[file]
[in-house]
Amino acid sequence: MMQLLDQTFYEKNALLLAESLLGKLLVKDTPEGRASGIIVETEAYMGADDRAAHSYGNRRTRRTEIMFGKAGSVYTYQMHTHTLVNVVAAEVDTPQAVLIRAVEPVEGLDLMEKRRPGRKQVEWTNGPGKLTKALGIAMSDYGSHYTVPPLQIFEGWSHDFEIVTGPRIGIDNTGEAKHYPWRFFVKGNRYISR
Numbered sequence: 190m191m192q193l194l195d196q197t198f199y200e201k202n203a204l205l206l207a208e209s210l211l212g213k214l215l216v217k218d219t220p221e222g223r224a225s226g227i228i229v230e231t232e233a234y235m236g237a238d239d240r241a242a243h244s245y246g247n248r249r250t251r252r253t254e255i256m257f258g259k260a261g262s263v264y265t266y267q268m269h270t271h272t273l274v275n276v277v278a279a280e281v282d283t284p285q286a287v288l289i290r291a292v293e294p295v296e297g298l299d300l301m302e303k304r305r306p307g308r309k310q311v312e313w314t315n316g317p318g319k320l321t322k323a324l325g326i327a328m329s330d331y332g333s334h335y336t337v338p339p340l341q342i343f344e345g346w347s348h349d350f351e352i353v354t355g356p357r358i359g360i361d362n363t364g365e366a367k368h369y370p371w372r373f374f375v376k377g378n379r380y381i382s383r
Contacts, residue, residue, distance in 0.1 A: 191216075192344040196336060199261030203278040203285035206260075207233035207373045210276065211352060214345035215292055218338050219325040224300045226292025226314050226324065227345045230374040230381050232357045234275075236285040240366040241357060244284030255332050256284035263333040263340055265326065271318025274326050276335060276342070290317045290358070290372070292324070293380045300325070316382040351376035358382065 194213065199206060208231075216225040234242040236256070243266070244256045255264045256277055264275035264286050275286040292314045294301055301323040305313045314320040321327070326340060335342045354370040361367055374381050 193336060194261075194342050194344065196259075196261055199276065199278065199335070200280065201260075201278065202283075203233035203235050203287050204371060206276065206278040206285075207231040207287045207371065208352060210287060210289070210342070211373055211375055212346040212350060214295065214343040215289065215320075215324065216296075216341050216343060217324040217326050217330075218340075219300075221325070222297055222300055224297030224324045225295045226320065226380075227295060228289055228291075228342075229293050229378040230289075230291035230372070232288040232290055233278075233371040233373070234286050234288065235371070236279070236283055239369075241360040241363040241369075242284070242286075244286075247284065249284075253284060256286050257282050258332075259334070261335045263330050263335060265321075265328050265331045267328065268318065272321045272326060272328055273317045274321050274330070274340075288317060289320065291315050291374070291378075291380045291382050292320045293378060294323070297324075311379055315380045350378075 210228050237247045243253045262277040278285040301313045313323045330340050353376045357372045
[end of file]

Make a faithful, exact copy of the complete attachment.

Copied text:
[in-house]
Amino acid sequence: MMQLLDQTFYEKNALLLAESLLGKLLVKDTPEGRASGIIVETEAYMGADDRAAHSYGNRRTRRTEIMFGKAGSVYTYQMHTHTLVNVVAAEVDTPQAVLIRAVEPVEGLDLMEKRRPGRKQVEWTNGPGKLTKALGIAMSDYGSHYTVPPLQIFEGWSHDFEIVTGPRIGIDNTGEAKHYPWRFFVKGNRYISR
Numbered sequence: 190m191m192q193l194l195d196q197t198f199y200e201k202n203a204l205l206l207a208e209s210l211l212g213k214l215l216v217k218d219t220p221e222g223r224a225s226g227i228i229v230e231t232e233a234y235m236g237a238d239d240r241a242a243h244s245y246g247n248r249r250t251r252r253t254e255i256m257f258g259k260a261g262s263v264y265t266y267q268m269h270t271h272t273l274v275n276v277v278a279a280e281v282d283t284p285q286a287v288l289i290r291a292v293e294p295v296e297g298l299d300l301m302e303k304r305r306p307g308r309k310q311v312e313w314t315n316g317p318g319k320l321t322k323a324l325g326i327a328m329s330d331y332g333s334h335y336t337v338p339p340l341q342i343f344e345g346w347s348h349d350f351e352i353v354t355g356p357r358i359g360i361d362n363t364g365e366a367k368h369y370p371w372r373f374f375v376k377g378n379r380y381i382s383r
Contacts, residue, residue, distance in 0.1 A: 191216075192344040196336060199261030203278040203285035206260075207233035207373045210276065211352060214345035215292055218338050219325040224300045226292025226314050226324065227345045230374040230381050232357045234275075236285040240366040241357060244284030255332050256284035263333040263340055265326065271318025274326050276335060276342070290317045290358070290372070292324070293380045300325070316382040351376035358382065 194213065199206060208231075216225040234242040236256070243266070244256045255264045256277055264275035264286050275286040292314045294301055301323040305313045314320040321327070326340060335342045354370040361367055374381050 193336060194261075194342050194344065196259075196261055199276065199278065199335070200280065201260075201278065202283075203233035203235050203287050204371060206276065206278040206285075207231040207287045207371065208352060210287060210289070210342070211373055211375055212346040212350060214295065214343040215289065215320075215324065216296075216341050216343060217324040217326050217330075218340075219300075221325070222297055222300055224297030224324045225295045226320065226380075227295060228289055228291075228342075229293050229378040230289075230291035230372070232288040232290055233278075233371040233373070234286050234288065235371070236279070236283055239369075241360040241363040241369075242284070242286075244286075247284065249284075253284060256286050257282050258332075259334070261335045263330050263335060265321075265328050265331045267328065268318065272321045272326060272328055273317045274321050274330070274340075288317060289320065291315050291374070291378075291380045291382050292320045293378060294323070297324075311379055315380045350378075 210228050237247045243253045262277040278285040301313045313323045330340050353376045357372045